Four, despite pastoral moral failings, religion still plays a largely ennobling role in our society. This is in spite of the episodic problems it creates in the society. The desire for righteous living, the spark of the divine in all of us, cannot be allowed to die just because of a few charlatans or because some people who were probably truly called, slipped along the way. The core teachings of most religions are virtue – honesty, love thy neighbour, forgiveness and do not bear grudges. Religion also gives hope to the hopeless. Have we wondered what the society would be like without millions of our people striving regularly to live up to the moral precepts of the religions? Even Pentecostal churches, sometimes ridiculed in the mainstream press, have, among Christians, played a noble role in re-awakening a general desire and love for the Bible as the written Word of God. Pentecostal churches played a big role in Christians no longer considering the Bible as a book meant only for the clergy and equally helped
Christians to aspire for experiential communion with God in prayers.
Five, what do we make of the specific allegations against Apostle Suleiman by Ms. Otobo? I find a lot of gaps in her allegations – just as I expected a more robust rebuttal of each allegation by Apostle Suleiman. For instance, why was Ms. Otobo unable to name hotels in which she claimed that Apostle Suleiman lodged with her since the hotels would have records of room reservations? Since she claimed that Pastor Suleiman promised her marriage, did she really expect a public figure like Apostle Suleiman to secretly divorce his wife or was she angling to be wife Number Two? Did she have any moral unction that she could be labelled a home wrecker? And what manner of a Nigerian woman would regale the media with stories of sordid amorous relationship with a married Pastor? As for Apostle Suleiman, hinting at divine punishment for his accuser and her lawyer or suggesting that he is being targeted for speaking out against herdsmen's attacks on Christians is just begging the question.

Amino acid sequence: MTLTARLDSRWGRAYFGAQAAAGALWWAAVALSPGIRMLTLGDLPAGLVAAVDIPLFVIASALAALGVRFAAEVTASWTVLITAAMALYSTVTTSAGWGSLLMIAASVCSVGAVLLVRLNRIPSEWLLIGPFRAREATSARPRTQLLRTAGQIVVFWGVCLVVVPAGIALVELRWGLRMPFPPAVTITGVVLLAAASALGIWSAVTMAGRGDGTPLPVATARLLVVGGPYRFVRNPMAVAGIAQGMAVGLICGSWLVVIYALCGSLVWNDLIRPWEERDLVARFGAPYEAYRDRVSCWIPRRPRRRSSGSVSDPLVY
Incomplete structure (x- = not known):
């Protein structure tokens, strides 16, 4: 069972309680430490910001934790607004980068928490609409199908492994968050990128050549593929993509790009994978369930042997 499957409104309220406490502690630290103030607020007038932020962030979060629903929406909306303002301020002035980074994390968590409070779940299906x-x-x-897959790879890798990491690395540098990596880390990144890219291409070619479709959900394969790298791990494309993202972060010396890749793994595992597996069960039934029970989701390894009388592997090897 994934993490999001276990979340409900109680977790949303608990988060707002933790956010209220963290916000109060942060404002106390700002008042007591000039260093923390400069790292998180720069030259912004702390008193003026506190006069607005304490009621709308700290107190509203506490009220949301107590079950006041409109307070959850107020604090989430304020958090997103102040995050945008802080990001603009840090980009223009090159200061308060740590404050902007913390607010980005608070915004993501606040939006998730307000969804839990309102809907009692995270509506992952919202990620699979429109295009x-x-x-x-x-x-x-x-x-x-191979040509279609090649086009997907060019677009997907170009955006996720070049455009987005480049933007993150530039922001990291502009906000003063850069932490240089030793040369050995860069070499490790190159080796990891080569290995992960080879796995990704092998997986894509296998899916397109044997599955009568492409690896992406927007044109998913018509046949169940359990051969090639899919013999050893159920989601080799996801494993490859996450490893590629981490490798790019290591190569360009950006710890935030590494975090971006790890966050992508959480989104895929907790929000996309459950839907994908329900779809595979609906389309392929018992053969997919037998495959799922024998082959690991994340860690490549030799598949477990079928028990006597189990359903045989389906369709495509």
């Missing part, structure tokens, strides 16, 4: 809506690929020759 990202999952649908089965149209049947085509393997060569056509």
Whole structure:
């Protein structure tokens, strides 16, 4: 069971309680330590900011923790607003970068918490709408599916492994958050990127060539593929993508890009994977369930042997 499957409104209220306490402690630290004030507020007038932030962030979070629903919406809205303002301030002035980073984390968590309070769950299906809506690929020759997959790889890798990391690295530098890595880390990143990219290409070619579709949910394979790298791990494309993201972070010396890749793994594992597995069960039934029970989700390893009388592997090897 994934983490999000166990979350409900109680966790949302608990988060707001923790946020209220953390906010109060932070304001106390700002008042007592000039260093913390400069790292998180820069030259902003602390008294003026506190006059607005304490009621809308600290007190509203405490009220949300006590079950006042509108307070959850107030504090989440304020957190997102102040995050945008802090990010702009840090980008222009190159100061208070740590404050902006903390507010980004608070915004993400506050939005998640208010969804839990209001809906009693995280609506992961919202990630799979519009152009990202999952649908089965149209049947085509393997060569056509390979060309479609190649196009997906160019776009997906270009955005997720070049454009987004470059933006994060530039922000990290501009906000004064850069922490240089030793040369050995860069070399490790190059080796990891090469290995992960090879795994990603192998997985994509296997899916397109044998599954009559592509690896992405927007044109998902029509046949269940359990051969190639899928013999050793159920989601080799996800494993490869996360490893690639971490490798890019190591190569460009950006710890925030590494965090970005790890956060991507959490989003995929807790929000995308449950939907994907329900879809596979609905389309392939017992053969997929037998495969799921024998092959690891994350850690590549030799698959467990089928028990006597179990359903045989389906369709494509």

Six, how do we resolve issues of moral failings by Pastors? The allegations levelled by Ms. Otobo against Pastor Suleiman are another powerful justification for a non-governmental body that will regulate the religious sector. Since the allegations against Apostle Suleiman are largely moral (adultery), it is only a non-governmental body such as the Christian Association of Nigeria or the Pentecostal Fellowship of Nigerian (PFN) that can really effectively handle the intricacies of such an investigation. The concoction story and alleged bleeding for one year seems to me an addition for effect. A non-governmental regulator for the religious sector, properly constituted, can also play a good role in punishing incitement by some preachers, the swindling of vulnerable Nigerians through brain washing and faked miracles as well as the misuse of church collections for personal vanity by some unscrupulous pastors. However, like in everything in life, the fact that some pastors are failing the moral test should not becloud the fact that several are dedicated to what they are called for and are generally forces for good in the society.